What type of specialized tissue is located within the right atrium of the heart Neuromuscular tissue
Contraction can occure even without an initial nervous input because of what type of cells Pacemaker cells
What do cardiac muscle cells rely on to deliver oxygen and nutrients and to remove waste products such as carbon dioxide Ample blood supply
What type of movements are muscle responsible for Locomotion, propulsion and changes in the size openings
When chemical energy is changed into mechanical energy Locomotion
Circulation and digestion are example of substances through tubes which is what type of movement Propulsion
Fibromyalgia syndrome is a chronic condition causing what symptoms Pain, stiffness and tenderness of the muscles, tendons and joints
What are some characteristics of fibromyalgia syndrome Restless sleep, tiredness, fatigue, anxiety, depression and disturbance in the bowel functions
A group of genetic disorders that result in muscle weakness over time Muscular dystrophy
What are two general facts of muscular dystrophy Can affect people of all ages and no specific treatment exists for any of the forms of MD
What are some treatments that help improve the quality of life for those with a form of muscular dystrophy Physical therapy, orthopedic appliances and corrective orthopedic surgery
Body erect, heading facing forward, arms by the sides with palms to the front Anatomical position
On back with lower extremities flexed and rotated outward; used in application of obstetric forceps, vaginal and rectal examination and bimanual palpation Dorsal recument position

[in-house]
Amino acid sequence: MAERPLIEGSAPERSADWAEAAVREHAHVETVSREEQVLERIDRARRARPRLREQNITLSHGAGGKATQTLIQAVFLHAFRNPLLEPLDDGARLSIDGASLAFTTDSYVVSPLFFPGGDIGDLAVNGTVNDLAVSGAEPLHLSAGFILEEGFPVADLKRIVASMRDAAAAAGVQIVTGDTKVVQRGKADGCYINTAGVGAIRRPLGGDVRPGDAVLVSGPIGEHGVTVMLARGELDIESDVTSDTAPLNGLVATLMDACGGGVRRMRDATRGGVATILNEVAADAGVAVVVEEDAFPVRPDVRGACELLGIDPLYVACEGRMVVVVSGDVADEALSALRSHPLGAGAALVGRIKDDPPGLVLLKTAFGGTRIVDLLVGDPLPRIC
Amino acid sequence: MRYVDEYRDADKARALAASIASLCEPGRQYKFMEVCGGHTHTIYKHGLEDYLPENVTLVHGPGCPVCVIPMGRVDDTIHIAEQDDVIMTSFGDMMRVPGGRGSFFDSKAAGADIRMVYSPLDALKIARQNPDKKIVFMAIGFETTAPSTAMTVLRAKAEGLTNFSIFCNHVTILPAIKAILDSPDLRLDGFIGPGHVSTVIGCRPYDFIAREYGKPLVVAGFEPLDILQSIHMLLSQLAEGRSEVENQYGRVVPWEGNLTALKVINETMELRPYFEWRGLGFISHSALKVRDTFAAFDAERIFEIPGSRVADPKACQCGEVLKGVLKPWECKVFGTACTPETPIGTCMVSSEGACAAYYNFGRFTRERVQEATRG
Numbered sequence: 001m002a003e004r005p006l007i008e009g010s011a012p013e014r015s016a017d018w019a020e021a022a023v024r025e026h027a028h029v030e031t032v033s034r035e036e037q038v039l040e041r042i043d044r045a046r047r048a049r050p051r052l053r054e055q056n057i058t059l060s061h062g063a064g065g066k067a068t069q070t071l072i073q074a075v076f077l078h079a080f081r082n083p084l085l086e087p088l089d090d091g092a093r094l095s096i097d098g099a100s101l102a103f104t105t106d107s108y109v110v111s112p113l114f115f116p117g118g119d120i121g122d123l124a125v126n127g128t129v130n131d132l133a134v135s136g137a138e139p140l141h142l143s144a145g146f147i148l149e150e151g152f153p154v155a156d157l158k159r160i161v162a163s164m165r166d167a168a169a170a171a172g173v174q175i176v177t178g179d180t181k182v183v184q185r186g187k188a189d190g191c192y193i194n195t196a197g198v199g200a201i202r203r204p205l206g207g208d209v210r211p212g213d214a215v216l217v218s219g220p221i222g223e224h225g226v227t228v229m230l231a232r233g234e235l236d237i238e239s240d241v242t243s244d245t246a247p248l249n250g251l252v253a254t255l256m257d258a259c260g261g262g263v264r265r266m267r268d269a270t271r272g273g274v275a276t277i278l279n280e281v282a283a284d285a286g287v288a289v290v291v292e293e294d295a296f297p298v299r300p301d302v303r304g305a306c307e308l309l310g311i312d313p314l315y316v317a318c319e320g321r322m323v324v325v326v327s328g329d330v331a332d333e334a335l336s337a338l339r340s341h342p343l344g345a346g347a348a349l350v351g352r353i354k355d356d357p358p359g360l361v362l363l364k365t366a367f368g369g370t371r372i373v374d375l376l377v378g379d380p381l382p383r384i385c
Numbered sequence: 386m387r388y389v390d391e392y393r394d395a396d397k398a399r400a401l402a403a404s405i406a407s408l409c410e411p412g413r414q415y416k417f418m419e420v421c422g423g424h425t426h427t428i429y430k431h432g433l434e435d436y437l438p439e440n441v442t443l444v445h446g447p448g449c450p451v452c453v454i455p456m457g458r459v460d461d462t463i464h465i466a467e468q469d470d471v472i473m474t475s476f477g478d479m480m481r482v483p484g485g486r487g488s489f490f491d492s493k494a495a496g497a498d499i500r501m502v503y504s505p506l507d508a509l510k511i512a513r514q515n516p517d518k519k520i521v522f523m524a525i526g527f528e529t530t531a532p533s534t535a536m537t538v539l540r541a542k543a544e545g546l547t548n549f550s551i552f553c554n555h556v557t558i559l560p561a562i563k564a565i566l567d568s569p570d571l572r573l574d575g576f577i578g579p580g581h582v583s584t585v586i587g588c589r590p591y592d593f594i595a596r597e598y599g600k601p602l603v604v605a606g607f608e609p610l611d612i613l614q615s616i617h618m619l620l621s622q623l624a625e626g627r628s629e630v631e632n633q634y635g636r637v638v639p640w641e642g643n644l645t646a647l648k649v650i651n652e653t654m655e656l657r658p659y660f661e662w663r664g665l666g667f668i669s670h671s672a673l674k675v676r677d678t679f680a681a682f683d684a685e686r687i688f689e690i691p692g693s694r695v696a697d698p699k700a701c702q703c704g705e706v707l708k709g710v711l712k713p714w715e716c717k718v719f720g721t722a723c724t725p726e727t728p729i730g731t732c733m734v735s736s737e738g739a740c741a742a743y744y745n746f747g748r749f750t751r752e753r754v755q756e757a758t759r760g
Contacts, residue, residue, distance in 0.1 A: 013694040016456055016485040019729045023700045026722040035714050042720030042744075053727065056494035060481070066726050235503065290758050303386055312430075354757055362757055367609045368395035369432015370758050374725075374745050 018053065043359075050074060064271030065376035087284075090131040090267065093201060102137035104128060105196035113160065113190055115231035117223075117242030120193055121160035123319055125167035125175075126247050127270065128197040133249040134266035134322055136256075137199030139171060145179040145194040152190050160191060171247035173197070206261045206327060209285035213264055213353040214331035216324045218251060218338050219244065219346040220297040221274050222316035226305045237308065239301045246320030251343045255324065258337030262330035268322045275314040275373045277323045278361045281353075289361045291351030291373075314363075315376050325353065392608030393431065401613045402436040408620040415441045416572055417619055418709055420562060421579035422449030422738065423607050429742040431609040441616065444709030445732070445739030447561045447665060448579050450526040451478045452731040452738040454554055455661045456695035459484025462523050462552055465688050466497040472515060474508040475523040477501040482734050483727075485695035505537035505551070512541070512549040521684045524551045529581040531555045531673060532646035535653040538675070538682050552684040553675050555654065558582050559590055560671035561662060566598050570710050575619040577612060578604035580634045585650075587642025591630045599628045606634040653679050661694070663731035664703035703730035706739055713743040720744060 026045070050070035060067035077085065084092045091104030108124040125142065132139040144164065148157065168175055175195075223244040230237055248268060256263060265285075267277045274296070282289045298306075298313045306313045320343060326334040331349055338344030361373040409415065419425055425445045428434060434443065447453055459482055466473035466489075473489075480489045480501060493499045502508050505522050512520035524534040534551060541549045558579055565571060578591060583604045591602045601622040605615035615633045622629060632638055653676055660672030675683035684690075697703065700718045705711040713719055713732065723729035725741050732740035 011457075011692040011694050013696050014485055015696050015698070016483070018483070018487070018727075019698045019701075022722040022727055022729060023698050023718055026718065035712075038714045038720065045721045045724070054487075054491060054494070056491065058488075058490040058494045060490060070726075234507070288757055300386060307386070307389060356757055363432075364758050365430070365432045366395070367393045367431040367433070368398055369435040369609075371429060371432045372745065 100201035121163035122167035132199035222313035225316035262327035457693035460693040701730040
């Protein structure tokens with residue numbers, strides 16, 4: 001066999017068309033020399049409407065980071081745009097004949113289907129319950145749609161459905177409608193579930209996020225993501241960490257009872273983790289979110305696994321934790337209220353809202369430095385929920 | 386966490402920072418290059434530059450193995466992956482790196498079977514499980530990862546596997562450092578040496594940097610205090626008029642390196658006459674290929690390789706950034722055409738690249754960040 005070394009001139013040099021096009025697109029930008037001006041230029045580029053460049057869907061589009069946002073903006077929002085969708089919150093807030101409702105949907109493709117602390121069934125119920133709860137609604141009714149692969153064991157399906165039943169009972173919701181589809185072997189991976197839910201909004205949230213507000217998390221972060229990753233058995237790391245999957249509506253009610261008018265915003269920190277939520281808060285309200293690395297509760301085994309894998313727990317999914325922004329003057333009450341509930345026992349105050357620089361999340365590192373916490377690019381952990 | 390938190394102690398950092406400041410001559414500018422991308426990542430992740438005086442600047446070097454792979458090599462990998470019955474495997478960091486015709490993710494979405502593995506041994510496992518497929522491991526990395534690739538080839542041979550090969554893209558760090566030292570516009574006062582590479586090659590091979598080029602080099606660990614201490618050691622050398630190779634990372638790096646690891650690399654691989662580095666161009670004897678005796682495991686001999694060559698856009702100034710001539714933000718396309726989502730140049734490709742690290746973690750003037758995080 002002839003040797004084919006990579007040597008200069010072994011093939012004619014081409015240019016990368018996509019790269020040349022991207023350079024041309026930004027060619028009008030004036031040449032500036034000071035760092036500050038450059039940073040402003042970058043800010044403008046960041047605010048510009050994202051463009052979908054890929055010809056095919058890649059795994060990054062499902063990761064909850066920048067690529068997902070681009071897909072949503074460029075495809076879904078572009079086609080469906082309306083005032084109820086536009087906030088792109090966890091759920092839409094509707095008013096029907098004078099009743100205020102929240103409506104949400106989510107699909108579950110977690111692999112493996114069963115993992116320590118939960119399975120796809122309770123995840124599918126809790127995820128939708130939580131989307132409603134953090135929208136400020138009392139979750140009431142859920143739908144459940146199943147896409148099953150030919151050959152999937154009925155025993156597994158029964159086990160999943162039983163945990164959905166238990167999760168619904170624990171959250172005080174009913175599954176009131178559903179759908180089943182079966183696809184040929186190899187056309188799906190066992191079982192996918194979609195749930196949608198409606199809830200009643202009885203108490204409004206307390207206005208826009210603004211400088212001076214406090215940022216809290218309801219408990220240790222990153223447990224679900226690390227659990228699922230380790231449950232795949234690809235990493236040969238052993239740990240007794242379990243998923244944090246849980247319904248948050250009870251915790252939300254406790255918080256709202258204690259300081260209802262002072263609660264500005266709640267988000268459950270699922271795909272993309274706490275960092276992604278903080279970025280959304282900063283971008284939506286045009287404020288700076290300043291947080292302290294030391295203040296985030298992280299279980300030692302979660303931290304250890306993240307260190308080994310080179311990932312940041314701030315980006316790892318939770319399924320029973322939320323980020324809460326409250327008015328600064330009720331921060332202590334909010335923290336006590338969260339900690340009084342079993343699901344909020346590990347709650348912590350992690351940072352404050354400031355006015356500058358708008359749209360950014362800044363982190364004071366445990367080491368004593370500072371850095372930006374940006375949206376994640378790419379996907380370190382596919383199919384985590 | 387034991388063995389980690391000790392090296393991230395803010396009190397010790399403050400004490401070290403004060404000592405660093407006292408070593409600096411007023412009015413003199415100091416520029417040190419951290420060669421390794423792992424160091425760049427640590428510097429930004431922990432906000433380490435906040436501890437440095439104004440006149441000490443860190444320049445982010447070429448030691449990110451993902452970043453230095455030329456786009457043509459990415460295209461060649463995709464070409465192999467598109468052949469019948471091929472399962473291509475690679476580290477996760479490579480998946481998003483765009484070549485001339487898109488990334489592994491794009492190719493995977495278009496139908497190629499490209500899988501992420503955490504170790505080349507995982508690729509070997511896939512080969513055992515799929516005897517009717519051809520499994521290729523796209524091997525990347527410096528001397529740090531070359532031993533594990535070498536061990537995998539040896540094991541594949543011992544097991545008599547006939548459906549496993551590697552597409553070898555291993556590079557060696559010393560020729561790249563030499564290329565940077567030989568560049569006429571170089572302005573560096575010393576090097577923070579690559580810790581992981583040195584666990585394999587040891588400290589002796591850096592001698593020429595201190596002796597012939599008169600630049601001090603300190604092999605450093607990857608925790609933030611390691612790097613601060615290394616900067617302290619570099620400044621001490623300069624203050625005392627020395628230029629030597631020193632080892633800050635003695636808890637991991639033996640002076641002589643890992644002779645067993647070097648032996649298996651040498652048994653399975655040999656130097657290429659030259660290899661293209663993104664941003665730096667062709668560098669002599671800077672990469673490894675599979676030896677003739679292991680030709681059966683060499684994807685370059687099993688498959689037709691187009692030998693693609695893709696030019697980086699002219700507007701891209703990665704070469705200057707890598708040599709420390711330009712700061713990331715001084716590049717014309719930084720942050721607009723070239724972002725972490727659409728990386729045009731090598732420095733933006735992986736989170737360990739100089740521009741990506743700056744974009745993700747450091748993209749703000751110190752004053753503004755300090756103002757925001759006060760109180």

Head of the bed or examining table is raised about 18 inches or 46 cm; patient is in a semi-upright sitting position with knees wither bent or straight Fowler
On knees, thighs upright, head and upper part of chest resting on bed or examining table, arms crossed and above head; used in sigmoidoscopy, displacement of prolapsed uterus, rectal exams and flushing of intestinal cancal Knee-chest
On back with lower extremities flexed and feet placed in stirrups; used in vaginal examinations, pap smear, vaginal operations and diagnosis and treatment diseases of the urethra and bladder Lithotomy
Sitting upright or erect, used for patients with dyspnea, shortness of breath Orthopneic
Lying face downward, used in examination of the back, injections and massage Prone
Lying on left side, right knee and thigh flexed well up above left leg that is slightly flexed, left arm behind the body and right arm forward, flexed at the elbow; used in examination of the rectum, sigmoidoscopy and enema Sims
Lying flat on back with face upward and arms at the sides, used in examining the head, neck, chest, abdomen and extremities and in assessing vital signs Supine
Body supine on a bed or examining table that is tilted at about 45 degrees angle with the head lower than the feet Trendelenburg
Relax and reduce tension in muscles Skeletal muscle relaxants
Test performs on serum that measures ALD enzyme present in skeletal and heart muscle Aldolase blood test
Test performed on serum to determine levels of calcium Calcium blood test
Blood test to determine the level of CK Creatine kinase
Test to measure electrical activity across muscle membranes by means of electrodes attached to a needle that is inserted into the muscle Electromyography
Blood test to determine the level of LDH enzyme Lactic dehyrogenase
Surgical removal of a small piece of muscle tissue for examindation Muscle biopsy
What the the two types of biopsy Needle biopsy and open biopsy
Blood test to determine the level of AST enzyme, which is increased in skeletal muscle and damage and MD Aspartate Aminotransferase
Blood test to determine the level of ALT enzyme which is increased in skeletal muscle damage Alanine Aminotransferase
Created by: irmasanccheez